The number of women dying as a result of stroke has fallen dramatically in the last decade, but is still higher than the number of male stroke deaths.
The decline coincides with major improvements to hospital stroke services since the establishment in 2010 of the HSE’s national stroke programme, the Irish Heart Foundation (IHF) said.
However while figures show that stroke deaths have fallen six times more among women than men since 2010, they are still far more likely to die of stroke.
Last year, 25% more stroke deaths occurred among women – 935 compared to 745 male stroke deaths.
Since 2010, the number of stroke deaths has fallen by over 18%, from 2,053 to 1,680 last year – a total of 373 fewer deaths per annum.
Deaths among women were down by 323 and men by just 50.
“It is not clear why stroke deaths have fallen at a much higher rate among women than men,” said IHF Head of Advocacy, Chris Macey.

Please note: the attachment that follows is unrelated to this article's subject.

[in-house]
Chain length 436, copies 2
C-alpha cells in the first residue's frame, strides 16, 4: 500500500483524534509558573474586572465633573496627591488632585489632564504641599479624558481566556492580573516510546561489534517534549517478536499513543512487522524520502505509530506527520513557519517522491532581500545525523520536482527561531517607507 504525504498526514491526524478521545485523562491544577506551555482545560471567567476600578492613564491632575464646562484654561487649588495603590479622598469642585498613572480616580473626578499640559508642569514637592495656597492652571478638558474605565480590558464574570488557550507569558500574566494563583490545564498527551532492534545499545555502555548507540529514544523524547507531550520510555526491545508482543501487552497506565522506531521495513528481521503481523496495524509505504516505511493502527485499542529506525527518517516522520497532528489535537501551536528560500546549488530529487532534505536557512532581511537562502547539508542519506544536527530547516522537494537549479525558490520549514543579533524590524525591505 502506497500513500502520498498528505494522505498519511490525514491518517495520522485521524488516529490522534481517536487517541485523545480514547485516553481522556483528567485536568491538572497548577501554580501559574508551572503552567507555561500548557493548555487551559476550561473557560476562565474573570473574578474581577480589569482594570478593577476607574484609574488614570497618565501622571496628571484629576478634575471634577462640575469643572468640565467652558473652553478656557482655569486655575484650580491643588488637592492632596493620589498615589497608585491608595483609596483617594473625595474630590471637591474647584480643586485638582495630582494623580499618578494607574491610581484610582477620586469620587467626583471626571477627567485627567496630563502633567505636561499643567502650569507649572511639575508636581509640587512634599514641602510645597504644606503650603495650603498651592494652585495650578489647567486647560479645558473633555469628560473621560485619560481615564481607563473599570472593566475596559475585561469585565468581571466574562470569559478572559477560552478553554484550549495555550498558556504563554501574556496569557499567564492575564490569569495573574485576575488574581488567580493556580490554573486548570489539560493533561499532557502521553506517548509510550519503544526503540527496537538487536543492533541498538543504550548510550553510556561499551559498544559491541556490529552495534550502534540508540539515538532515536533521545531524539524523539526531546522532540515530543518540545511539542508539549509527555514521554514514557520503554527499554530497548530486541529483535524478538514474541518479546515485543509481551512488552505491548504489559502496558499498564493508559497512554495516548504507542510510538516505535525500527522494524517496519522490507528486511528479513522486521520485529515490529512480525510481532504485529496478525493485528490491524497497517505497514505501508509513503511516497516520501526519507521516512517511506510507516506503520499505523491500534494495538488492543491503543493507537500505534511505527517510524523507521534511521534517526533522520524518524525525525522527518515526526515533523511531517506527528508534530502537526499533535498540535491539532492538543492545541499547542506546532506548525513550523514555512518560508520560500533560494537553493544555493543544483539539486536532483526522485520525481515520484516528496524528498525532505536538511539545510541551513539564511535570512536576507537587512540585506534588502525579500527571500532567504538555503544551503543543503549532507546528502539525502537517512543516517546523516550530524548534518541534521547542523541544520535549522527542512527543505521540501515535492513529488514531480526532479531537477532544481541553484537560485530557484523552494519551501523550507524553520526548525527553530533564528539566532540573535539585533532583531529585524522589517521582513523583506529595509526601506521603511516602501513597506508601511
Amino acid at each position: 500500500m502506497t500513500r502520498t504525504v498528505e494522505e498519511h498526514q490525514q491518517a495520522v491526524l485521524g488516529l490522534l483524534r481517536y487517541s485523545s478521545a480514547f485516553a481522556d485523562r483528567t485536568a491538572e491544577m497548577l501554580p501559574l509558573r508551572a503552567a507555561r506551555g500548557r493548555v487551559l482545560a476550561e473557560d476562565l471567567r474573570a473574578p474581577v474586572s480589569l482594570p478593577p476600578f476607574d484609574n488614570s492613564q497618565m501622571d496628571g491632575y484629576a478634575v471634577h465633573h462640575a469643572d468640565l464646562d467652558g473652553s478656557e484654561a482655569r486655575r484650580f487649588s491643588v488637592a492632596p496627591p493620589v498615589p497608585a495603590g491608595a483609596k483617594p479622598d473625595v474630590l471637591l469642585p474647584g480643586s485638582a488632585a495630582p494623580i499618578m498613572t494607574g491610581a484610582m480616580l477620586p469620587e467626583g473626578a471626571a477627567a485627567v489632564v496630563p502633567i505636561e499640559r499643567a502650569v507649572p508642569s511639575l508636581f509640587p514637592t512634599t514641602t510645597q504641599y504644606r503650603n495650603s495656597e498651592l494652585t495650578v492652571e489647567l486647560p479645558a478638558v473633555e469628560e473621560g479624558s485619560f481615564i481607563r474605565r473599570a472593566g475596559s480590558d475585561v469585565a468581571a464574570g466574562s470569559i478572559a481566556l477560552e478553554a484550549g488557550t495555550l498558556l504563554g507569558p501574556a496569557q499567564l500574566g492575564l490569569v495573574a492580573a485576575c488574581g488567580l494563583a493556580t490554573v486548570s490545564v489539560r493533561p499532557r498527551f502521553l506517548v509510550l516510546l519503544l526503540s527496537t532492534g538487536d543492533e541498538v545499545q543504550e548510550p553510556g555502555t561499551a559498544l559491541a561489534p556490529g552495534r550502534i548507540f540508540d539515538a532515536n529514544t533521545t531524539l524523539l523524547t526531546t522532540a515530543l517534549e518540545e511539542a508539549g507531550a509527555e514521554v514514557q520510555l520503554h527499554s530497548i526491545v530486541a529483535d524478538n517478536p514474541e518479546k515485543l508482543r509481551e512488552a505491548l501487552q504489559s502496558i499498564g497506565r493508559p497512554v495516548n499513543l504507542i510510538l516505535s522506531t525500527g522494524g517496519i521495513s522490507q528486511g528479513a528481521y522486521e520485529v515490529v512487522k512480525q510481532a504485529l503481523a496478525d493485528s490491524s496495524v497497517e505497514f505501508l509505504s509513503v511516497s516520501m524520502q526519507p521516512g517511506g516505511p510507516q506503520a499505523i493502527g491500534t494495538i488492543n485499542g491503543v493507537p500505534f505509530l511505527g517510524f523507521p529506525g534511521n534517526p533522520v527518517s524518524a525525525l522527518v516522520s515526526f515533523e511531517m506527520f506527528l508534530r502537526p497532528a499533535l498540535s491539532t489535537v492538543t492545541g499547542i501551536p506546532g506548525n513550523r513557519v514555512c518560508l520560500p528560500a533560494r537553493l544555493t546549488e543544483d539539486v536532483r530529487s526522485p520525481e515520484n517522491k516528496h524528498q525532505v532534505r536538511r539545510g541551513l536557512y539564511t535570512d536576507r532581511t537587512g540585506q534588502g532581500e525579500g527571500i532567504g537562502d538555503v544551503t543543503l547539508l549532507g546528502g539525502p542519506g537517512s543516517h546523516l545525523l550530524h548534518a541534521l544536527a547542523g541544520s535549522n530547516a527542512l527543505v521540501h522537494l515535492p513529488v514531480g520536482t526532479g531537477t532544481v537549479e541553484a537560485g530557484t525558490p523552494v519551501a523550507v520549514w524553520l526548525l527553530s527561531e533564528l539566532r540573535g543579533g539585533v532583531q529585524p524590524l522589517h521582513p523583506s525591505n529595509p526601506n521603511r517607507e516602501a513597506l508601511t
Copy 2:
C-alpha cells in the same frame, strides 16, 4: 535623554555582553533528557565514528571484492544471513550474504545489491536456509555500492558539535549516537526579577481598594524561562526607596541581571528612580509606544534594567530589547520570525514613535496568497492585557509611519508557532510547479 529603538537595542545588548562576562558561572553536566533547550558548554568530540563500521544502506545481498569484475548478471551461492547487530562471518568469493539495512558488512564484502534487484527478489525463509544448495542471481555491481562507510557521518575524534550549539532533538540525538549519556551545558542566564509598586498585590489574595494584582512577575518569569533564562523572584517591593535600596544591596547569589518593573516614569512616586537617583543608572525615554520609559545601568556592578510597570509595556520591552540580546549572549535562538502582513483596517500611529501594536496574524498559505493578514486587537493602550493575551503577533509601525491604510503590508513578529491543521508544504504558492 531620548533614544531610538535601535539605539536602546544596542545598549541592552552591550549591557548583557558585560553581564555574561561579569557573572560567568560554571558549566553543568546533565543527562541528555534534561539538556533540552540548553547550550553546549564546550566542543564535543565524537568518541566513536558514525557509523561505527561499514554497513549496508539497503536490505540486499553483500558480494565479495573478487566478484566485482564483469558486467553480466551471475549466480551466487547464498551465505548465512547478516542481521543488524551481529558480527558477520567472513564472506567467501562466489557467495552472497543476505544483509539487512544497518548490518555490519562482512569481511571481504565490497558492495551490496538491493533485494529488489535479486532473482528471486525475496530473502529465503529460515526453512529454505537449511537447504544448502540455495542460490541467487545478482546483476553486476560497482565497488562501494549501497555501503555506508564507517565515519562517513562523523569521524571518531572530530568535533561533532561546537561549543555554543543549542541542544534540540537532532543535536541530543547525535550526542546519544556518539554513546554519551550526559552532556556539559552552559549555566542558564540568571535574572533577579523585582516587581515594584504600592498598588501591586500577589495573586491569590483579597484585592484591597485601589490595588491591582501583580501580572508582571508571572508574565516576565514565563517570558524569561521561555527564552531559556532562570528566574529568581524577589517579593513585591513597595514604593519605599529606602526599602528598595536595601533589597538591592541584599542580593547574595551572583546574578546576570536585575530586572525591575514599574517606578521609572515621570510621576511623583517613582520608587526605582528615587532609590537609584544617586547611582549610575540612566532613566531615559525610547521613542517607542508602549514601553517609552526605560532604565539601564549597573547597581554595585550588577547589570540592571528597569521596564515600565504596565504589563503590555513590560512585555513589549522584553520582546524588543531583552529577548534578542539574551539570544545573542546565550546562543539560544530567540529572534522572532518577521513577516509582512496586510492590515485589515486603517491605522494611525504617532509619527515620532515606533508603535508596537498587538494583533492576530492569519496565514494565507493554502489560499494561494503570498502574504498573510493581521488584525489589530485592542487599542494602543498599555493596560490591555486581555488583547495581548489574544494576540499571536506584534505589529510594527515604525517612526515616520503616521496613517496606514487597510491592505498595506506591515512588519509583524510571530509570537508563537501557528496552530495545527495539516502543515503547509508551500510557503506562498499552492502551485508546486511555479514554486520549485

“It may be in part due to the fact that women are more likely to act on health campaigns for conditions such as high blood pressure and atrial fibrillation.
Thrombectomy, a clot retrieval treatment that restores the blood supply to a stroke patient’s brain, can have a dramatic impact, to the point of cure. For best outcome, it needs to be initiated within four-and-a-half hours of clearly defined symptom onset.
About 15% of stroke patients are suitable for thrombectomy.
The IHF, marking World Stroke Day on Tuesday, is urging women to be aware of the warning signs of stroke using the FAST acronym:
- Face – has the person’s face fallen to one side;
Arms – can they arise both arms and keep them there;
Speech – is it slurred; and
‘Time to call emergency services’.
“At least one-in-six of us will have a stroke at some time in our lives, so if you aren’t affected yourself it’s virtually certain that at least one of your loved ones will be. Therefore, it’s vital that everyone knows the act FAST signs,” Mr Macey said.